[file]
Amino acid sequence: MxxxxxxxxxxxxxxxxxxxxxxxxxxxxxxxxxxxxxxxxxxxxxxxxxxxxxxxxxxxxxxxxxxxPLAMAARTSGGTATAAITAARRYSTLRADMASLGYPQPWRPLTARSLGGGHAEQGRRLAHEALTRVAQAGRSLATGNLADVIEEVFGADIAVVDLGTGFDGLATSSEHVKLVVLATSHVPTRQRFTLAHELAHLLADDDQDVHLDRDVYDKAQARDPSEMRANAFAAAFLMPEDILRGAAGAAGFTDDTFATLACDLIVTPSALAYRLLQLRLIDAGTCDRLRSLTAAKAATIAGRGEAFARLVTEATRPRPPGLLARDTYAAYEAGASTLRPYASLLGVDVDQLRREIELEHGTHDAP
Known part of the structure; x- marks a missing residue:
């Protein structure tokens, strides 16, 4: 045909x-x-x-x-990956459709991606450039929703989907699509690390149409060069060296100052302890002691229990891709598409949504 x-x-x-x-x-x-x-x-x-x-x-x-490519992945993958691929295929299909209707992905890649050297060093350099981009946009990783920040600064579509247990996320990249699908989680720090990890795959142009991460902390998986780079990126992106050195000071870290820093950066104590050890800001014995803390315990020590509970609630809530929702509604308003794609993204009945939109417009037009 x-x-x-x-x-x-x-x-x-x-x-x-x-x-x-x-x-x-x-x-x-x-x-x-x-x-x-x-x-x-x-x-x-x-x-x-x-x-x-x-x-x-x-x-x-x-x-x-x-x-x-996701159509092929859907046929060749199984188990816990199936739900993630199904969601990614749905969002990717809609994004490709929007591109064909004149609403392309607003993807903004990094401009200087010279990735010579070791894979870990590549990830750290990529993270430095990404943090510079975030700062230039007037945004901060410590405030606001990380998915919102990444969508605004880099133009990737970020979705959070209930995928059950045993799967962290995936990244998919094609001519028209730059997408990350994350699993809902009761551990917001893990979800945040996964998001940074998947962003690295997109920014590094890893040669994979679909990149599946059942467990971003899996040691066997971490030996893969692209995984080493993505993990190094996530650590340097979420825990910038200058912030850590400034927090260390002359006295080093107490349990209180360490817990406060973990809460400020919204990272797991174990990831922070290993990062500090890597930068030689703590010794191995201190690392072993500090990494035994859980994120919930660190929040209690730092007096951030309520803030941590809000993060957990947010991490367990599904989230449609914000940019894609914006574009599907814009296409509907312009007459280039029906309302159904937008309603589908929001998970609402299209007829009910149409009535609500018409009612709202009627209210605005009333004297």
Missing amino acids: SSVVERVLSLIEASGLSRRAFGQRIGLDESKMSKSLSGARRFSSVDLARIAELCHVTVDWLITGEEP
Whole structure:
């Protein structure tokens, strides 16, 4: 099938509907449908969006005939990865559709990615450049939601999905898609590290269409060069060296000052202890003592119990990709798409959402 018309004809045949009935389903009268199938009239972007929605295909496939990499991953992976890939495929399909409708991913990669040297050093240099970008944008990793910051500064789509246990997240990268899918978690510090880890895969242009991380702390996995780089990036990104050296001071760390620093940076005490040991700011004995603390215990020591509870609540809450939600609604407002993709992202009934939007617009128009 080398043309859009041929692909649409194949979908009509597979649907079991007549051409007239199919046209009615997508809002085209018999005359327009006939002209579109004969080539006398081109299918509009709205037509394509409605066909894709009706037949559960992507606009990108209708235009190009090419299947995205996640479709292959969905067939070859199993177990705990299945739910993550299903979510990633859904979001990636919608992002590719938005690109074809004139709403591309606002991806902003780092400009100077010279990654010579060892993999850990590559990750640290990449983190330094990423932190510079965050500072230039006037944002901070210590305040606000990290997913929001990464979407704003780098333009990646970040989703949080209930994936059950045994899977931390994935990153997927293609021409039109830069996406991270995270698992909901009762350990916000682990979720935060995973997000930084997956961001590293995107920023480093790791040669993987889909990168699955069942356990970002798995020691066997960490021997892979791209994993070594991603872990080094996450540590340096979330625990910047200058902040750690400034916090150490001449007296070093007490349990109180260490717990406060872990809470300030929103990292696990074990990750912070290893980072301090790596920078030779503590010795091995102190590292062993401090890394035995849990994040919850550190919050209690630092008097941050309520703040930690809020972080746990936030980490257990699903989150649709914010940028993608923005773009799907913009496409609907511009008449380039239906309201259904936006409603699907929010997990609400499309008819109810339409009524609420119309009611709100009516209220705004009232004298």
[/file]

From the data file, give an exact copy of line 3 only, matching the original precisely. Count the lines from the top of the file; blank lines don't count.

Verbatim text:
């Protein structure tokens, strides 16, 4: 045909x-x-x-x-990956459709991606450039929703989907699509690390149409060069060296100052302890002691229990891709598409949504 x-x-x-x-x-x-x-x-x-x-x-x-490519992945993958691929295929299909209707992905890649050297060093350099981009946009990783920040600064579509247990996320990249699908989680720090990890795959142009991460902390998986780079990126992106050195000071870290820093950066104590050890800001014995803390315990020590509970609630809530929702509604308003794609993204009945939109417009037009 x-x-x-x-x-x-x-x-x-x-x-x-x-x-x-x-x-x-x-x-x-x-x-x-x-x-x-x-x-x-x-x-x-x-x-x-x-x-x-x-x-x-x-x-x-x-x-x-x-x-x-996701159509092929859907046929060749199984188990816990199936739900993630199904969601990614749905969002990717809609994004490709929007591109064909004149609403392309607003993807903004990094401009200087010279990735010579070791894979870990590549990830750290990529993270430095990404943090510079975030700062230039007037945004901060410590405030606001990380998915919102990444969508605004880099133009990737970020979705959070209930995928059950045993799967962290995936990244998919094609001519028209730059997408990350994350699993809902009761551990917001893990979800945040996964998001940074998947962003690295997109920014590094890893040669994979679909990149599946059942467990971003899996040691066997971490030996893969692209995984080493993505993990190094996530650590340097979420825990910038200058912030850590400034927090260390002359006295080093107490349990209180360490817990406060973990809460400020919204990272797991174990990831922070290993990062500090890597930068030689703590010794191995201190690392072993500090990494035994859980994120919930660190929040209690730092007096951030309520803030941590809000993060957990947010991490367990599904989230449609914000940019894609914006574009599907814009296409509907312009007459280039029906309302159904937008309603589908929001998970609402299209007829009910149409009535609500018409009612709202009627209210605005009333004297």